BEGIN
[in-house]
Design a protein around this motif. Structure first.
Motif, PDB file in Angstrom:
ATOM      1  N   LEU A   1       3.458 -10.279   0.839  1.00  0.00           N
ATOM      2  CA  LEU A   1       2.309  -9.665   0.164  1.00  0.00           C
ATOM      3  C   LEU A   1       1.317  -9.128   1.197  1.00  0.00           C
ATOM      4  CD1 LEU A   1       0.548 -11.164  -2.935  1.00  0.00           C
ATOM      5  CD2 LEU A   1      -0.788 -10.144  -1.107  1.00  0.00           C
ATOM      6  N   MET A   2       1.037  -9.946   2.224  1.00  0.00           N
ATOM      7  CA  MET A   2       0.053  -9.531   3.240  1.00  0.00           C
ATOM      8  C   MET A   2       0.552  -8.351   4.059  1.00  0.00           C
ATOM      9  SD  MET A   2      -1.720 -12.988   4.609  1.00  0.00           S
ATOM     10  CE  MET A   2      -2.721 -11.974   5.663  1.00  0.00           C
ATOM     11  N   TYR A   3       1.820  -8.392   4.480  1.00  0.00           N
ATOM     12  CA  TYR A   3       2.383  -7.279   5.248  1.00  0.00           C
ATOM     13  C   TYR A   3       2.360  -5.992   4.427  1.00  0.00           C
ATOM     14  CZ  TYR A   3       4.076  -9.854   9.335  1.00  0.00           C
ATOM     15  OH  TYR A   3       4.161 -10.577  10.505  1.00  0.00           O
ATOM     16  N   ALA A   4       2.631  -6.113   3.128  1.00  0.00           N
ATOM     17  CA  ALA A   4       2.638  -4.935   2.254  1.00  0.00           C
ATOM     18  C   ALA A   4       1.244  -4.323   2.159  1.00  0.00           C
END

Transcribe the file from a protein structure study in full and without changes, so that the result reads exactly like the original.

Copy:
[in-house]
Design a protein around this motif. Structure first.
Motif, PDB file in Angstrom:
ATOM      1  N   LEU A   1       3.458 -10.279   0.839  1.00  0.00           N
ATOM      2  CA  LEU A   1       2.309  -9.665   0.164  1.00  0.00           C
ATOM      3  C   LEU A   1       1.317  -9.128   1.197  1.00  0.00           C
ATOM      4  CD1 LEU A   1       0.548 -11.164  -2.935  1.00  0.00           C
ATOM      5  CD2 LEU A   1      -0.788 -10.144  -1.107  1.00  0.00           C
ATOM      6  N   MET A   2       1.037  -9.946   2.224  1.00  0.00           N
ATOM      7  CA  MET A   2       0.053  -9.531   3.240  1.00  0.00           C
ATOM      8  C   MET A   2       0.552  -8.351   4.059  1.00  0.00           C
ATOM      9  SD  MET A   2      -1.720 -12.988   4.609  1.00  0.00           S
ATOM     10  CE  MET A   2      -2.721 -11.974   5.663  1.00  0.00           C
ATOM     11  N   TYR A   3       1.820  -8.392   4.480  1.00  0.00           N
ATOM     12  CA  TYR A   3       2.383  -7.279   5.248  1.00  0.00           C
ATOM     13  C   TYR A   3       2.360  -5.992   4.427  1.00  0.00           C
ATOM     14  CZ  TYR A   3       4.076  -9.854   9.335  1.00  0.00           C
ATOM     15  OH  TYR A   3       4.161 -10.577  10.505  1.00  0.00           O
ATOM     16  N   ALA A   4       2.631  -6.113   3.128  1.00  0.00           N
ATOM     17  CA  ALA A   4       2.638  -4.935   2.254  1.00  0.00           C
ATOM     18  C   ALA A   4       1.244  -4.323   2.159  1.00  0.00           C